Kenya - Lots of Love


I didn't travel to Kenya to find love.  And I certainly didn't expect to find it there.   But my visit to Kenya in June, 2016 was filled with love.

Majo Arana is a Peruvian woman living in Nairobi, Kenya.   Even though we had never met, she welcomed us into her home where we spent five nights.    It didn't take long to realize that Majo is a very special person.

She works a regular job during the week, but on the weekends, she spends her time volunteering at the Magoso school in Kibera, the largest urban slum in Africa.  The school is really an orphanage.   Most of the children were abandoned on the streets of Kenya.  Many have HIV and other medical problems.  I knew this before I arrived.  What I didn't expect to find was a place filled with so much happiness and love.

We arrived at the school after walking through the Kibera slum.   We had hired two police officers to escort us since we were carrying thousands of dollars worth of TV equipment.   NEVER have I experienced something like this.   It is hard to imagine that anyone could live in the conditions we saw.  The smell of raw sewage permeated the air and the lack of any kind of sanitary system was evident.  

As we approached the school, a young man came out and said "Do you want me to show you a cool place to shoot some video?"   That was not the first thing I expected to hear.    He introduced himself as "Tony" and said he was also a volunteer at the school.    As we chatted, he explained that he wanted to be a videographer and singer one day.    Like many of the current students at the school, he had been abandoned and had grown up inside the orphanage.   Now he comes back to volunteer.    The love that he had for what the school had done for him was evident in every word he spoke.   

Majo showed us around.   Her face beaming with love as she said hello to everyone.    She introduced us to the head of the school and several of its staff.   The school survives on donations.  Many of the students require expensive medications that are all paid for by the Gates Foundation.

The staff told us that the students had a surprise for our visit.   And what a surprise it was.  They all gathered in the courtyard to sing and dance.   I couldn't help but join in.  

Steve Hunsicker and Majo Arana dancing with students at the Magoso school in Kibera, Kenya

I felt surrounded by love.  The love that the teachers and staff had for the students and the love that the students obviously had for each other.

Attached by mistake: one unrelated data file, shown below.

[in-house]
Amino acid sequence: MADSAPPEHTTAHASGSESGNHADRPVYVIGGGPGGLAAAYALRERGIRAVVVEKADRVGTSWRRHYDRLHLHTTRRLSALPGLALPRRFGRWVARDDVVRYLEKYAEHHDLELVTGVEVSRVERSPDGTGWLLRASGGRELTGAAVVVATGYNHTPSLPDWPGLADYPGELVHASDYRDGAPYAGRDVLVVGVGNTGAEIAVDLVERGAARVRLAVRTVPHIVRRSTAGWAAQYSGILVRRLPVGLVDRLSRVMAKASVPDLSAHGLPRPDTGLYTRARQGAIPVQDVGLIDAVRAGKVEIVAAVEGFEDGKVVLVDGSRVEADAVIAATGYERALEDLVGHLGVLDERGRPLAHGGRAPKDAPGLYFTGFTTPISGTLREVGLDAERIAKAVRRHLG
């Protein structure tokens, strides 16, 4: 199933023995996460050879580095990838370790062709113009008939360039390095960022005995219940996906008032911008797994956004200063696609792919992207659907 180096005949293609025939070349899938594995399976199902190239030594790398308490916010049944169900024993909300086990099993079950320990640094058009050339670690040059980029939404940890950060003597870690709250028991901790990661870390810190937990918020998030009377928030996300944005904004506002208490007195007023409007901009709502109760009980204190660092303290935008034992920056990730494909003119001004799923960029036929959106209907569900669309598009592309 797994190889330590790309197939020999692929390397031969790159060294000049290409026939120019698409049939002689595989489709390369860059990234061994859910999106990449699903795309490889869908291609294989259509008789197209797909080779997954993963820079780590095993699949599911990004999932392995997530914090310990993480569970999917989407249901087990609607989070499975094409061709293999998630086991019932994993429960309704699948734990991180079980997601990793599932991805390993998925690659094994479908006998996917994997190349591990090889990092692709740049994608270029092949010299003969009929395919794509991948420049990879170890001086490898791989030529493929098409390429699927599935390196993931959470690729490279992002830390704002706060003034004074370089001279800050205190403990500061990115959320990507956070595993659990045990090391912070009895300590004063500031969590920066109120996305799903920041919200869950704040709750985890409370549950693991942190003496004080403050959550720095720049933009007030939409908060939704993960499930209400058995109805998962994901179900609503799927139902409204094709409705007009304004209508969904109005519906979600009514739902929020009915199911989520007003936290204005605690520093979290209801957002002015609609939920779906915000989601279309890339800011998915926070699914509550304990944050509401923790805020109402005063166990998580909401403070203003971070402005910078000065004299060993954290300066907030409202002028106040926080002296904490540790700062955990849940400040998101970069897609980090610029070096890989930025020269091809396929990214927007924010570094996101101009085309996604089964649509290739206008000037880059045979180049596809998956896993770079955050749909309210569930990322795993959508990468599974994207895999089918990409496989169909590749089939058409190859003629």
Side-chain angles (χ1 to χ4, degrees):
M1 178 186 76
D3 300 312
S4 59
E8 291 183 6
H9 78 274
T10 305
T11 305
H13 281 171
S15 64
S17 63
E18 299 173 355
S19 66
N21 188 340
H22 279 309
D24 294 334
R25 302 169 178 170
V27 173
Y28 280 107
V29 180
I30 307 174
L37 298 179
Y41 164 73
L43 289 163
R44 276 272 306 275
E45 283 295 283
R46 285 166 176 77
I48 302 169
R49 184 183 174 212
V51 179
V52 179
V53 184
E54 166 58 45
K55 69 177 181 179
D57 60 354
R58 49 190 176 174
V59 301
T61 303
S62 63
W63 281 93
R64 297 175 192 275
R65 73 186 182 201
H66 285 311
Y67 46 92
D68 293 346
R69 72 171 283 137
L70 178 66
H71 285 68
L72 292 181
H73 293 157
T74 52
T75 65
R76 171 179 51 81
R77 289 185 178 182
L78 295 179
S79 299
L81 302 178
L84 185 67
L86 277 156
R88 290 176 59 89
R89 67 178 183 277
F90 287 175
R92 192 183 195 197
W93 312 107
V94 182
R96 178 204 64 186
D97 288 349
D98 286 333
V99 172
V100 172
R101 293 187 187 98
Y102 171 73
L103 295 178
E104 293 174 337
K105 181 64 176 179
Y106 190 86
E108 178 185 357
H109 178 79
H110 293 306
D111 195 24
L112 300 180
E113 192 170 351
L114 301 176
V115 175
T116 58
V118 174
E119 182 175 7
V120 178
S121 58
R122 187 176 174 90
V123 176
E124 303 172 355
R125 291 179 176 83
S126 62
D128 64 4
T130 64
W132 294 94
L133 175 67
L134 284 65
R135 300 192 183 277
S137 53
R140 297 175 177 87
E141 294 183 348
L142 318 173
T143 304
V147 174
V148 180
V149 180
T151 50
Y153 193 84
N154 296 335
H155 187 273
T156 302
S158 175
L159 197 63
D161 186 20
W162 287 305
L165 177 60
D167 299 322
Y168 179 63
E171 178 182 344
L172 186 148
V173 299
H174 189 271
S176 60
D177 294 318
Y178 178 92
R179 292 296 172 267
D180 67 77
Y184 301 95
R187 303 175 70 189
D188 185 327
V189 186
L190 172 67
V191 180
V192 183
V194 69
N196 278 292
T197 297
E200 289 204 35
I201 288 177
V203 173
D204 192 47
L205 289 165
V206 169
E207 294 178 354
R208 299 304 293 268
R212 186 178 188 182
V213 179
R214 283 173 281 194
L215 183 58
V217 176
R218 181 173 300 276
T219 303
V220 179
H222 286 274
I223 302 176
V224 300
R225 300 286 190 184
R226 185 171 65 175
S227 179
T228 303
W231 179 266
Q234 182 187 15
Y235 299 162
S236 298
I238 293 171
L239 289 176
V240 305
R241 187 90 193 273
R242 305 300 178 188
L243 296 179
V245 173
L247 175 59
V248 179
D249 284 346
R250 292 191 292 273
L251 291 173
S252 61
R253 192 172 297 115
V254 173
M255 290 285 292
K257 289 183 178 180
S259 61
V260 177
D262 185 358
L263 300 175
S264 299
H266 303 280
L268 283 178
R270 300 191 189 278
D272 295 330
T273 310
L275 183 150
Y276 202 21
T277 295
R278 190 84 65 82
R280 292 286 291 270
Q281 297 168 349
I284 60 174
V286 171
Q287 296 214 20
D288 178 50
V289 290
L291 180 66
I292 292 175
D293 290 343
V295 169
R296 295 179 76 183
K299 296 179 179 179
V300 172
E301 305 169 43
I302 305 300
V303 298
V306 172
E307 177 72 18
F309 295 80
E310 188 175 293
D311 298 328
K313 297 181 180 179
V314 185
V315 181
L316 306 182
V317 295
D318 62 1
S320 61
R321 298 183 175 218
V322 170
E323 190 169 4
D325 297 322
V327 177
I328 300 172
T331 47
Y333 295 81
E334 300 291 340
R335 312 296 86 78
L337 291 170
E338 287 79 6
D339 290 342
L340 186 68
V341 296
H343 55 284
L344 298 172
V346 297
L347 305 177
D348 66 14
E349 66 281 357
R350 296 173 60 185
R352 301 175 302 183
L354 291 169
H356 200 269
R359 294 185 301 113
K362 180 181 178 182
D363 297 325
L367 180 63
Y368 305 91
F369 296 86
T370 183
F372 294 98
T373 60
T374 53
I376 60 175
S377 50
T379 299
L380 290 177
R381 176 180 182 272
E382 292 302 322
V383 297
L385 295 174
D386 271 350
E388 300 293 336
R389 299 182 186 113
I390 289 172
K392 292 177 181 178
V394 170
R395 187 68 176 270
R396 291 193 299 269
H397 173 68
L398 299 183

My new friend Tony told me he had just started his own YouTube Channel.   And he continues to post new videos.   His story gave me hope.   Even with all the love surrounding these students, you know that many of them don't have a lot of options.  It was great to see someone like Tony making something of himself.

Majo had known Tony for a while and said he didn't have an easy time.   But she was proud that he had turned his life around and was moving in a positive direction.

As we left the safety of the gated walls of the school, we headed back into the slum of Kibera.   But now instead of feeling shocked by my surroundings, I found myself filled with love.


You can see the video of the slum beginning at 10:20 in the first video clip below.  Our interview with Majo is in the first episode of "Peruanos en el Mundo" posted below.  The video at the school begins at  13:15.  (Even if you don't know a single word of Spanish, the tour of the school with Majo is worth watching. ) 

The visit with Majo wasn't the only amazing experience of the trip to Kenya.  In the second episode of "Peruanos en el Mundo" linked below, we headed to Naivasha.  It was there we met another wonderful Peruvian named Claudia Palao.   She treated us to our own African Safari, right on her farm.   The video of our safari with all the African animals begins at 4:05.   Claudia has a bed and breakfast on the farm.  She and her husband Pierluigi are wonderful hosts.  

This post is part of my series "One Photo - One Country."  I'm am selecting one photo and writing one story from every country I have visited.   Your comments and questions are welcome.  

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  1. Thank you very much for highlighting me as I give hope to the world. Tony from magoso kibra